30. 30. Source: http://bit.ly/16jx4D2
    31. 31. In the classroom Instruction Assessment Learning
    32. 32. Instruction AssessmentLearning Alignment
    33. 33. Learning
    34. 34. Assessment
    35. 35. • Austin, J. (2010). Creating an academy of learning. Independent School, 69(3), 66–73. • Britton, L. A., & Wissing, D. (2006). Authentic assessment of learning outcomes. Respiratory Care Education Annual, 15(Summer), 21–30. • Butley, H., & Price, M. (2003). What works with authentic assessment. Educational Horizons, 81(4), 193–196. • Gulikers, J. T. ., Bastiaens, T. J., & Kirshner, P. A. (2003). A five-dimensional framework for authentic assessment. Educational Technology and Research Development Research, 52(3), 67–86. • Herrington, J., & Herrington, A. (2006). Aligning task and assessment. Authentic conditions for authentic assessment: Aligning task and assessment (pp. 146–151). Perth, Western Australia. • Mueller, J. (2012). Authentic assessment toolbox. Retrieved from http://jfmueller.faculty.noctrl.edu/toolbox/tasks.htm • Palm, T. (2008). Performance assessment and authentic assessment : A conceptual analysis of the literature. Practical Assessment, Research and Evaluation, 13(4), 1–11. Retrieved from http://pareonline.net/getvn.asp?v=13&n=4 • Mertler, Craig A. (2001). Designing scoring rubrics for your classroom. Practical Assessment, Research & Evaluation, 7(25). Retrieved from http://PAREonline.net/getvn.asp?v=7&n=25. • Swaffield, S. (2011). Getting to the heart of authentic assessment for Learning. Assessment in Education : Principles , Policy & Practice, 18(4), 433–449. • Teacher Effectiveness Program, University of Oregon (2013). Definition of assessment. Retrieved from http://tep.uoregon.edu/workshops/teachertraining/learnercentered/assessing/definition.html • Torrance, H. (2007). Assessment as learning? How the use of explicit learning objectives, assessment criteria and feedback in post‐secondary education and training can come to dominate learning. Assessment in Education: Principles, Policy & Practice, 14(3), 281–294. doi:10.1080/09695940701591867 • Trauth-Nare, A., & Buck, G. (2011). Using formative assessment in problem- and project-based learning. The Science Teacher, January, 34–39. References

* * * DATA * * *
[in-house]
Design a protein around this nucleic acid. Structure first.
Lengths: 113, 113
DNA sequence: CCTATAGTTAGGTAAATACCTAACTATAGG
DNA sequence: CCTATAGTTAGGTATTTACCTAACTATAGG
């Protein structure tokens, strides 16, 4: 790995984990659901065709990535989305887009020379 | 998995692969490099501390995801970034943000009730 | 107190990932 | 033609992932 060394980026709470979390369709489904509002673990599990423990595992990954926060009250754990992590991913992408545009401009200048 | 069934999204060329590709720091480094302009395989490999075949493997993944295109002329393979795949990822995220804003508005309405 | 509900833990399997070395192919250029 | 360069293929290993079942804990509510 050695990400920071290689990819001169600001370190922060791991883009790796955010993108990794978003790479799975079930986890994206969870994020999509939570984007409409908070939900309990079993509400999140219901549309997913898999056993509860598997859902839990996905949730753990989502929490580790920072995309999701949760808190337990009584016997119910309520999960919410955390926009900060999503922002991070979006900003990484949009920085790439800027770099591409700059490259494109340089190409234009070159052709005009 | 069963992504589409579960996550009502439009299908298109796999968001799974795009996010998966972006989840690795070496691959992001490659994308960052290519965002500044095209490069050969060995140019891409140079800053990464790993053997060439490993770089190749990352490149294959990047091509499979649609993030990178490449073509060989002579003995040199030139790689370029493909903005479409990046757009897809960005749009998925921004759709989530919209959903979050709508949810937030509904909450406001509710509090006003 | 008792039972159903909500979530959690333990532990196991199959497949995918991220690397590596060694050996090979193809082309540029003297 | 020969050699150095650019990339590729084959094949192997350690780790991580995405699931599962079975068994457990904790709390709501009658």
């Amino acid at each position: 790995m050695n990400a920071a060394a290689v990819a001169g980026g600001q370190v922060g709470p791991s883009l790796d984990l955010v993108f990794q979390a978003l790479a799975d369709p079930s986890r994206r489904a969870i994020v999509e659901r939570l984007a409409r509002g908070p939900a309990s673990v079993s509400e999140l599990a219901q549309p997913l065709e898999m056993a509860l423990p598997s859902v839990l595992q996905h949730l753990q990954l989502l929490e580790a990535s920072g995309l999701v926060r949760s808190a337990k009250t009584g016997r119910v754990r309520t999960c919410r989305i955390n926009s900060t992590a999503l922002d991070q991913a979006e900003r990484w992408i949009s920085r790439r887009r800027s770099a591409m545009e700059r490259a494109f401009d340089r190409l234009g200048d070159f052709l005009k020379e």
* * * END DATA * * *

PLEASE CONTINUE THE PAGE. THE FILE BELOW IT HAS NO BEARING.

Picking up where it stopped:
×